The method described above may be implemented in software (e.g., as program instructions on computer-accessible memory mediums which are executable by a processor) or in various computing systems. In one embodiment the computing system may include at least one monitoring unit for at least one of the plurality of components, wherein the at least one monitoring unit is adapted to receive data concerning an operation of the at least one component as input data, and wherein the at least one monitoring unit is further adapted to apply fuzzy logic to analyse the input data for generating at least one output value.

In a one embodiment, the monitoring system may be part of a registry/repository of the SOA. As a result, the SOA may comprise a central point for monitoring at least a part of the SOA and allows easy access to all necessary information for fulfilling the monitoring task. This may facilitate the work of an administrator supervising the warnings output by the system for monitoring the SOA, or the work of a developer including further components in the overall monitoring process.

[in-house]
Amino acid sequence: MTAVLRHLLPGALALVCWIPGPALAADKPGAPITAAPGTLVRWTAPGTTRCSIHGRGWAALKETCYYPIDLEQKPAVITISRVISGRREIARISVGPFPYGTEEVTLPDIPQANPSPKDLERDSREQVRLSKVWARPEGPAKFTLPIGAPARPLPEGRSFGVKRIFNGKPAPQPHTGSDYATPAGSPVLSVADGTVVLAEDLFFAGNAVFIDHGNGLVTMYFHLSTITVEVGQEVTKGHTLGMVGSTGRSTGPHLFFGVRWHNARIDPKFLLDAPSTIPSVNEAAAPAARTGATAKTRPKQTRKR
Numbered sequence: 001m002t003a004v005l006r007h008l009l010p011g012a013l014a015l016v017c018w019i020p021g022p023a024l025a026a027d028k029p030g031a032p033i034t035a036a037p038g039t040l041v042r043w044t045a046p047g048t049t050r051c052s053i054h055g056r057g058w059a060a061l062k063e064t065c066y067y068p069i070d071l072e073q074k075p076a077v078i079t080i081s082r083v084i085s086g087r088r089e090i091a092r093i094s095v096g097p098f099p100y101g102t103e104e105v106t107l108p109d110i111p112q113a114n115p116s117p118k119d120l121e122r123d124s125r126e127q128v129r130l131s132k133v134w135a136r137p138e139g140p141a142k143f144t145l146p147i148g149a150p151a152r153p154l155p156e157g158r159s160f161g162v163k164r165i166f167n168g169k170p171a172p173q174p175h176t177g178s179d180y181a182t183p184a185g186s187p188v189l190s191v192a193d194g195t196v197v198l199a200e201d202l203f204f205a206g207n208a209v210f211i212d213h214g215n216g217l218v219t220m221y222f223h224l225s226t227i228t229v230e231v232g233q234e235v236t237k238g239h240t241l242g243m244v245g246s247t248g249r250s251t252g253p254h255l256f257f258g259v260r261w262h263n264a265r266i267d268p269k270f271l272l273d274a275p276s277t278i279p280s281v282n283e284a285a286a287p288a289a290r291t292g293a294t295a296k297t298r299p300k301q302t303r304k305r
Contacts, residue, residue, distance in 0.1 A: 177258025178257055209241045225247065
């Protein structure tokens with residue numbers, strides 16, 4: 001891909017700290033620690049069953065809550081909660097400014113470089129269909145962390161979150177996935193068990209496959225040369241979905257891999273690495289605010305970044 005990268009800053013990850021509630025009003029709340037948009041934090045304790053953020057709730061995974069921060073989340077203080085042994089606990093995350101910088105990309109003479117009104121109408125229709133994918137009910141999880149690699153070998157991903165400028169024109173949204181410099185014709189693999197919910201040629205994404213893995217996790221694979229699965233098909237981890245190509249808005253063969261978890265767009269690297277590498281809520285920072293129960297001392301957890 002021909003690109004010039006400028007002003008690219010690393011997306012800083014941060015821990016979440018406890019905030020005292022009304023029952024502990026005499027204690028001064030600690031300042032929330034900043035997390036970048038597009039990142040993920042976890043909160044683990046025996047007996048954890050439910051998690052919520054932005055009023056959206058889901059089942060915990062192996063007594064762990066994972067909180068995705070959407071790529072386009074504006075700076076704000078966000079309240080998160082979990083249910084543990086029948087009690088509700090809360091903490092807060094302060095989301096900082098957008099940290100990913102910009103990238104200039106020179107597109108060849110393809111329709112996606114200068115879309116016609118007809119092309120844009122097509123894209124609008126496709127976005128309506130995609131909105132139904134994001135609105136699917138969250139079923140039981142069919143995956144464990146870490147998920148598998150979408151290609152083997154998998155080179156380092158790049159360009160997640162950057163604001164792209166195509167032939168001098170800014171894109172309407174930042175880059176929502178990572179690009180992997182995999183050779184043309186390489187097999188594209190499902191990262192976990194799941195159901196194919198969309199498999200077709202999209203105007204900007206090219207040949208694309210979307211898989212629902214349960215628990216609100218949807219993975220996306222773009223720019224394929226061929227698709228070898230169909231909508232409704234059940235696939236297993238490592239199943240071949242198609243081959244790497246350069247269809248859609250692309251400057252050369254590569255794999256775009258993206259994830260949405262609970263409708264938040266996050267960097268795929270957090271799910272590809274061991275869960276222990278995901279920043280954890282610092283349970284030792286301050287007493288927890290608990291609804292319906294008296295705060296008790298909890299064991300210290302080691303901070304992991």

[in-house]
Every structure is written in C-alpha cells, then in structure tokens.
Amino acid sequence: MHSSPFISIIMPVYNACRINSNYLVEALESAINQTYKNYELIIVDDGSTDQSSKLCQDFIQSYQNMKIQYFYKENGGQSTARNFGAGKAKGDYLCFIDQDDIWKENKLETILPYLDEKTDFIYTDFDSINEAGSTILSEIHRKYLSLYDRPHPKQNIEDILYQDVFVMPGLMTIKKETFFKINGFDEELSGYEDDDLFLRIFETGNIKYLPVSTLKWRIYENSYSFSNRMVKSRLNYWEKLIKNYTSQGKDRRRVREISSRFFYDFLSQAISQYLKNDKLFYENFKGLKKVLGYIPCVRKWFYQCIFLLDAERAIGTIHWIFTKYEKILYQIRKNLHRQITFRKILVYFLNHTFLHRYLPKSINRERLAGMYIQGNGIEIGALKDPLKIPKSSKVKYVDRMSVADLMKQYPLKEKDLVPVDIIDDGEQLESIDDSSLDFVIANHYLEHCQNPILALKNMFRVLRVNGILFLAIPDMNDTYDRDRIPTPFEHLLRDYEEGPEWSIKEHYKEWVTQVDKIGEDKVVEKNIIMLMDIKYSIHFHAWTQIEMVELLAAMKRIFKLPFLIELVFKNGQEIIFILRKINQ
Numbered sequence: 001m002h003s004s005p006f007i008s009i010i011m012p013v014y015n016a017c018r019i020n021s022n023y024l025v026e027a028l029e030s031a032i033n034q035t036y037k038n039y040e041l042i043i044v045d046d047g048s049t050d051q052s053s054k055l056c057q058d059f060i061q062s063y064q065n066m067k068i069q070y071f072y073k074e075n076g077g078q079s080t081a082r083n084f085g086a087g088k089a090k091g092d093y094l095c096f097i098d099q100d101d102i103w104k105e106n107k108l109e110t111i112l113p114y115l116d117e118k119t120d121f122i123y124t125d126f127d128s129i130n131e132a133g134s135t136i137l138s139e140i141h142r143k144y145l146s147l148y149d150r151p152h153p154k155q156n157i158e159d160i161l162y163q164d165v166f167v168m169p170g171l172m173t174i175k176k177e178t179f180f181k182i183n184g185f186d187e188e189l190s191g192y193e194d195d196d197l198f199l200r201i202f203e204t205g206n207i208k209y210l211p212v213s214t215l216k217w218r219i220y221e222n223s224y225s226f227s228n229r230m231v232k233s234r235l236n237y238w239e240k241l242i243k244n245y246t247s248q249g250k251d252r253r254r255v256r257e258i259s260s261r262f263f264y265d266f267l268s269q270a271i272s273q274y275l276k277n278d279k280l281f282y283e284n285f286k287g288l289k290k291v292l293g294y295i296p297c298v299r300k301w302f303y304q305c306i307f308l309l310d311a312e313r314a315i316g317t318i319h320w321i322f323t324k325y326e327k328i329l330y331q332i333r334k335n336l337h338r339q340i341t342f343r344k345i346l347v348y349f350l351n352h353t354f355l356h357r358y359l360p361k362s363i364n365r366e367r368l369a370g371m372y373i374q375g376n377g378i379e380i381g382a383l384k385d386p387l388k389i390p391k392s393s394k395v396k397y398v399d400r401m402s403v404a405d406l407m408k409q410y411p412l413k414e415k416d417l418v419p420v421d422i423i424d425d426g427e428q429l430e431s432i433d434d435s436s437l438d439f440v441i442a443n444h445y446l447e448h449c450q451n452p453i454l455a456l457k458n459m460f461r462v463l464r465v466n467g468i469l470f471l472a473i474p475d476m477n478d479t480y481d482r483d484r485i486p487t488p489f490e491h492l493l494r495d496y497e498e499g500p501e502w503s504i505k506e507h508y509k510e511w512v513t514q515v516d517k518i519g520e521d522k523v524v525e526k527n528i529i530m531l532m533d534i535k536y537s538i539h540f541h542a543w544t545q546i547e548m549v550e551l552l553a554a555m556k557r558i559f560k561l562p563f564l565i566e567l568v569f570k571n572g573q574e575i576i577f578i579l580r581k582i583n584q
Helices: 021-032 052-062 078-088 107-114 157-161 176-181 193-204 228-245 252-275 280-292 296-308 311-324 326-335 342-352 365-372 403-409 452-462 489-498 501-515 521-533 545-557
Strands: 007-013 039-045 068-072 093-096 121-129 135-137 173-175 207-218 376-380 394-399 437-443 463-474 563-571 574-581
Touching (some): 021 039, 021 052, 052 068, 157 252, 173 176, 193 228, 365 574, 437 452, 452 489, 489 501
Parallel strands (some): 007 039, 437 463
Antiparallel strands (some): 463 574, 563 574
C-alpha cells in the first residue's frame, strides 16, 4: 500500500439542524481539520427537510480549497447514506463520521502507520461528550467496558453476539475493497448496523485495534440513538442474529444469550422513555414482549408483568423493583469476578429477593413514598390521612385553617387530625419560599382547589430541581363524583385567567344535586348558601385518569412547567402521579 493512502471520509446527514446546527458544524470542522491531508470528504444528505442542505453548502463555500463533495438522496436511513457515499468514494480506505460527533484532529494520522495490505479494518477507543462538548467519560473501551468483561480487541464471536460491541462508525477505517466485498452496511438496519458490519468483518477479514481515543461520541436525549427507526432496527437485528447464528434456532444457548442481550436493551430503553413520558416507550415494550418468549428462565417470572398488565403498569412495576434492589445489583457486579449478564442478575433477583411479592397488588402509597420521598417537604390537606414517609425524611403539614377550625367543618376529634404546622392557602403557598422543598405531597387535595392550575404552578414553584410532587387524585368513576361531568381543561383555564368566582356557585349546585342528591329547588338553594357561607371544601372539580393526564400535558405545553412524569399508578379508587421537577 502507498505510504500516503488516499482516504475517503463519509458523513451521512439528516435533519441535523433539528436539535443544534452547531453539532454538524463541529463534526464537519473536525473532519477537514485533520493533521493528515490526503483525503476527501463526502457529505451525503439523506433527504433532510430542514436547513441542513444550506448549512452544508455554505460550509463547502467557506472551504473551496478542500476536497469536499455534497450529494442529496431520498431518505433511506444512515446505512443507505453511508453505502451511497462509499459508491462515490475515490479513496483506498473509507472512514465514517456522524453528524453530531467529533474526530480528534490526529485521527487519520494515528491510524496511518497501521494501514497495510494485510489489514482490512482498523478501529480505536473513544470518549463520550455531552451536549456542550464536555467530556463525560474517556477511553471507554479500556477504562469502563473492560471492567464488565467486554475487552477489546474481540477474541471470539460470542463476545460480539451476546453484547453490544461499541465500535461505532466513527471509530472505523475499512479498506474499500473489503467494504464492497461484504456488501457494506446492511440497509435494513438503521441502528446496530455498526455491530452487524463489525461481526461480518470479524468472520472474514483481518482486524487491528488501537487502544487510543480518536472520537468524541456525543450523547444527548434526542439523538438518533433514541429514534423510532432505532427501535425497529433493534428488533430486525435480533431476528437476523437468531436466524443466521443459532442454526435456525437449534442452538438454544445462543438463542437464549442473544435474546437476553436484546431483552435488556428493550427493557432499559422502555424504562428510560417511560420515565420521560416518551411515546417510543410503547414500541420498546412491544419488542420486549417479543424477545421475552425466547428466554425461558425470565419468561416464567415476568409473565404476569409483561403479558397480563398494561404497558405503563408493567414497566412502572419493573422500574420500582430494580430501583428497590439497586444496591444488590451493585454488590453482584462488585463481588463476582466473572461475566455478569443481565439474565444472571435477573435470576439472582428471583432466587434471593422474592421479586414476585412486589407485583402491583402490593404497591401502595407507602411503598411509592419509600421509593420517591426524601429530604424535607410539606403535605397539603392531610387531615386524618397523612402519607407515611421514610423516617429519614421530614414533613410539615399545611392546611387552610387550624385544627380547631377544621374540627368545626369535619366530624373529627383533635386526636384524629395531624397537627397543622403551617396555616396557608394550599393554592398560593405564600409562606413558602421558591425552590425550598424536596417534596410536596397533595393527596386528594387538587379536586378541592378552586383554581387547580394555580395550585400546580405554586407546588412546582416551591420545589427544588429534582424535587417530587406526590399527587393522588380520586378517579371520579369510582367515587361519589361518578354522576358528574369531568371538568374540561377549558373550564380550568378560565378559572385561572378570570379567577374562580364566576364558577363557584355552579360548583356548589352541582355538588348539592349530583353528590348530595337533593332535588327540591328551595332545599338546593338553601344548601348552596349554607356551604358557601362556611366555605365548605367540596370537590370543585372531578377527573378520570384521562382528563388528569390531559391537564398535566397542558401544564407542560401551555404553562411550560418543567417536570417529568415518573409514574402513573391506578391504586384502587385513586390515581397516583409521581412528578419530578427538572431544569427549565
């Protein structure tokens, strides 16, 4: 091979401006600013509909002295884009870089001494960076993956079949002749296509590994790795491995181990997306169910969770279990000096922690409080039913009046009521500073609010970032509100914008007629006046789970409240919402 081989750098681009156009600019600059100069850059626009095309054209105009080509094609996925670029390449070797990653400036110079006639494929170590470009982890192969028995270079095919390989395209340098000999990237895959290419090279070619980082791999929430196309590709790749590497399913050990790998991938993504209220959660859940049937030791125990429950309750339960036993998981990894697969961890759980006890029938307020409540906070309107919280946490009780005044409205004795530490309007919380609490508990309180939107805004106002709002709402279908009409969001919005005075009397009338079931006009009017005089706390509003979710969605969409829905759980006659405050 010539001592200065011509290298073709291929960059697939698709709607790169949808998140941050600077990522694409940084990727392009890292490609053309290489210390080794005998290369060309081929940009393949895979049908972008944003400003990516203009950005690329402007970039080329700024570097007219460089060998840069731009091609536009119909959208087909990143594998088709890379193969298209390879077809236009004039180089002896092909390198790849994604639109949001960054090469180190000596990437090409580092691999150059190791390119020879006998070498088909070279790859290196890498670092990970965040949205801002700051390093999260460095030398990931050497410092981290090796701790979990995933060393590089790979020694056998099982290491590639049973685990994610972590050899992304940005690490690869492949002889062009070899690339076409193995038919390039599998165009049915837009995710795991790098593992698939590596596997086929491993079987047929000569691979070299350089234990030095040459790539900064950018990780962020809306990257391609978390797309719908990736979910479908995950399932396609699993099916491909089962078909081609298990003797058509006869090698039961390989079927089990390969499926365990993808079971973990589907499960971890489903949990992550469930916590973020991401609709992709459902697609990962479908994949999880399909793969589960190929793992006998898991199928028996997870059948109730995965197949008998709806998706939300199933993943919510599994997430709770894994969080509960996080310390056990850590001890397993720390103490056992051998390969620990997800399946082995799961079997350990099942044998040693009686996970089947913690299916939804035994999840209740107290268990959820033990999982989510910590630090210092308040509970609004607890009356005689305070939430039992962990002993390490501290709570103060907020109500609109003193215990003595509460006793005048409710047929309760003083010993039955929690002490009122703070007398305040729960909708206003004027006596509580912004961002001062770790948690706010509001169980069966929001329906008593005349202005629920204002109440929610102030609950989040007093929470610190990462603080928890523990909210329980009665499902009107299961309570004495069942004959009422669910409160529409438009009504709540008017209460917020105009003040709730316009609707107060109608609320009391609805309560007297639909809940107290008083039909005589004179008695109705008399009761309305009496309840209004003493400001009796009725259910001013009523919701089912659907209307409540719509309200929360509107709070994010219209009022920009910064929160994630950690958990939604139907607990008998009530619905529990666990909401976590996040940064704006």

Further modifications of the system are envisioned.

SHORT DESCRIPTION OF THE DRAWINGS

In the following detailed description presently preferred embodiments of the invention are further described with reference to the following figures:

FIG. 1: A general overview of an example of a simplified SOA comprising an application calling a Web Service and a registry with a description of the Web Service, according to one embodiment;

FIG. 2: Details of an example of an individual monitoring process, according to one embodiment;

FIG. 3: An exemplary response curve for “low value, according to one embodiment;

FIG. 4: An exemplary response curve for “medium value” with a sharp peak, according to one embodiment;

FIG. 5: An exemplary response curve for “medium value” with a plateau, according to one embodiment;

FIG. 6: An exemplary response curve for “high value, according to one embodiment; and

FIG. 7: An example of the combination of individual monitoring units to a global monitoring system in a hierarchical manner, according to one embodiment.

While the invention is susceptible to various modifications and alternative forms, specific embodiments thereof are shown by way of example in the drawings and are herein described in detail. It should be understood, however, that the drawings and detailed description thereto are not intended to limit the invention to the particular form disclosed, but on the contrary, the intention is to cover all modifications, equivalents and alternatives falling within the spirit and scope of the present invention as defined by the appended claims.

DETAILED DESCRIPTION OF EMBODIMENTS

Terms

The following is a glossary of terms used in the present application: